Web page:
As noted above, improved amplification of an input signal may be achieved using amplifiers having gain profiles adaptable according to input. For example, based on the input signal, there may be a need to vary, among other parameters, the low-frequency gain, the positive gain roll-up frequency (i.e., frequency at which the low frequency-gain level starts to slope up), the negative gain roll-down frequency (i.e., frequency at which the low-frequency gain level starts to slope down), and/or the gain roll-up/roll-down slope of the amplifier.

Embodiments of the present invention provide systems and methods for automatic amplifier gain profile control. Embodiments of the present invention enable, among other functionalities, variable gain amplification, automatic tilt compensation, and gain boost optimization. Embodiments enable methods for automatically configuring a variable gain amplifier according to received input to optimize the dynamic range of the resulting amplified signal. Embodiments further enable a variable gain profile amplification system. Embodiments of the present invention can be used to enable analog and/or digital amplifiers, including power amplifiers for audio, video, audio/video (AN) (e.g. Cable Television (CATV) and Direct Broadcast Satellite (DBS) signals), and/or broadband RF signals.

FIG. 4 illustrates an example amplification system 400 having a variable gain profile according to an embodiment of the present invention. As shown, amplification system 400 includes an amplifier 404 and a gain profile controller 408.

Amplifier 404 is a programmable gain profile amplifier. In other words, amplifier 404 can be controlled to vary its gain profile (or in other words, frequency response profile). Amplifier 404 can be, among others, an analog and/or digital amplifier, including, for example, a power amplifier for audio, video, audio/video (A/V) (e.g. Cable Television (CATV) and Direct Broadcast Satellite (DBS) signals), and/or broadband RF signals. Further details and example implementations of amplifier 404 according to embodiments of the present invention are described below with reference to FIGS. 7 and 11-13. As shown in FIG. 4, amplifier 404 receives an input signal 402 and outputs an amplified output signal 406.

Gain profile controller 408 includes a power detector 410 and a control signal generator 412. This example implementation of gain profile controller 408 is provided for the purpose of illustration only and is not limiting of embodiments according to the present invention. In other embodiments, for example, gain profile controller 408 may include more or less components. Further, for ease of description, gain profile controller 408 is described with the aid of functional building blocks illustrating the implementation of specified functions and relationships thereof. The boundaries of these functional building blocks have been arbitrarily defined herein for the convenience of the description. Alternate boundaries can be defined so long as the specified functions and relationships thereof are appropriately performed.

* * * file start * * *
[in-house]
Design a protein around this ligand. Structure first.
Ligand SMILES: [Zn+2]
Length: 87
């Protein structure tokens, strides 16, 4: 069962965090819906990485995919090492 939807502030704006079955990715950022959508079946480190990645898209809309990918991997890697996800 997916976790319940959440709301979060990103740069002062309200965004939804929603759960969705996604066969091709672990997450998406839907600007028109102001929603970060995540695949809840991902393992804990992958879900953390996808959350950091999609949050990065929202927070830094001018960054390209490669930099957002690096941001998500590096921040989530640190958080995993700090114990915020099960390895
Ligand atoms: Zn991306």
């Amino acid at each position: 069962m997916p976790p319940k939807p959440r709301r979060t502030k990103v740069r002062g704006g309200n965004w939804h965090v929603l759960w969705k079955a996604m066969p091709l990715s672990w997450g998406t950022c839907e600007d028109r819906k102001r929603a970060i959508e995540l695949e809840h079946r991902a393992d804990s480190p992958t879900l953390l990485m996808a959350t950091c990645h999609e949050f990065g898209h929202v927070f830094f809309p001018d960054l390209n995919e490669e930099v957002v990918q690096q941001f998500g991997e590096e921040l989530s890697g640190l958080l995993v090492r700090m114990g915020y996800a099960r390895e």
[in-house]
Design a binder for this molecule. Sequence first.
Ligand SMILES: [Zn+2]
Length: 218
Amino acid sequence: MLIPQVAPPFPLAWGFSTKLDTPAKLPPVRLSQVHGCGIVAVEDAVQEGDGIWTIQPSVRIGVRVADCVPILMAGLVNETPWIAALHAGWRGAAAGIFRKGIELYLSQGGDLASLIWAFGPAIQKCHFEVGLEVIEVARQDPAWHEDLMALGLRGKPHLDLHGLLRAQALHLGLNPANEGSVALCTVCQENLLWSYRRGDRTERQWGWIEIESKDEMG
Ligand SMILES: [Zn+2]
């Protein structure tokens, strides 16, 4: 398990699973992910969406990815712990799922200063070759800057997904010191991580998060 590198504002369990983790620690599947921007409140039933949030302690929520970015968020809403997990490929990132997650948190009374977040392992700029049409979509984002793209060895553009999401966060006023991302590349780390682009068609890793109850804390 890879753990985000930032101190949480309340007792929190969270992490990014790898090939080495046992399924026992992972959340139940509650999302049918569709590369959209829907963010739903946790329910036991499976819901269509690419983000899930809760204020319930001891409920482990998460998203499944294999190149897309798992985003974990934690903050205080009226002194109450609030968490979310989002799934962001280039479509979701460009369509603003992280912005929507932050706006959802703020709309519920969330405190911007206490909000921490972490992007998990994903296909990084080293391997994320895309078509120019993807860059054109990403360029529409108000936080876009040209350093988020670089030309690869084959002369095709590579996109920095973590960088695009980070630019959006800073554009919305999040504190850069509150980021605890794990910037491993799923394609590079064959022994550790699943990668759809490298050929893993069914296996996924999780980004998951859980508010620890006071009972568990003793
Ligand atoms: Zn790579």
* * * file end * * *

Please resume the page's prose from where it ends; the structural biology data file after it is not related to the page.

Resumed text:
In an embodiment, gain profile controller 408 is coupled to output signal 406 of amplifier 404 and provides a control signal 414 to amplifier 404, thereby enabling a gain control feedback mechanism within amplification system 400. In an embodiment, power detector 410 of gain profile controller 408 performs power level measurements of output signal 406 of amplifier 404 and provides the power level measurements to control signal generator 412 of gain profile controller 408. Control signal generator 412 includes means for processing the power level measurements, including, for example, means for performing mathematical (e.g., addition, subtraction, compare, etc.) and statistical operations on the power level measurements, and means for generating control signal 414 based on the power level measurements.

In an embodiment, gain profile controller 408 controls amplifier 404 to vary its gain profile (according to one or more pre-determined profiles) while power detector 418 performs the power level measurements of output signal 406, in order to fully characterize the frequency composition of input signal 402. Subsequently, gain profile controller 408 controls amplifier 404 to configure its gain profile according to an optimum gain profile based on input signal 402.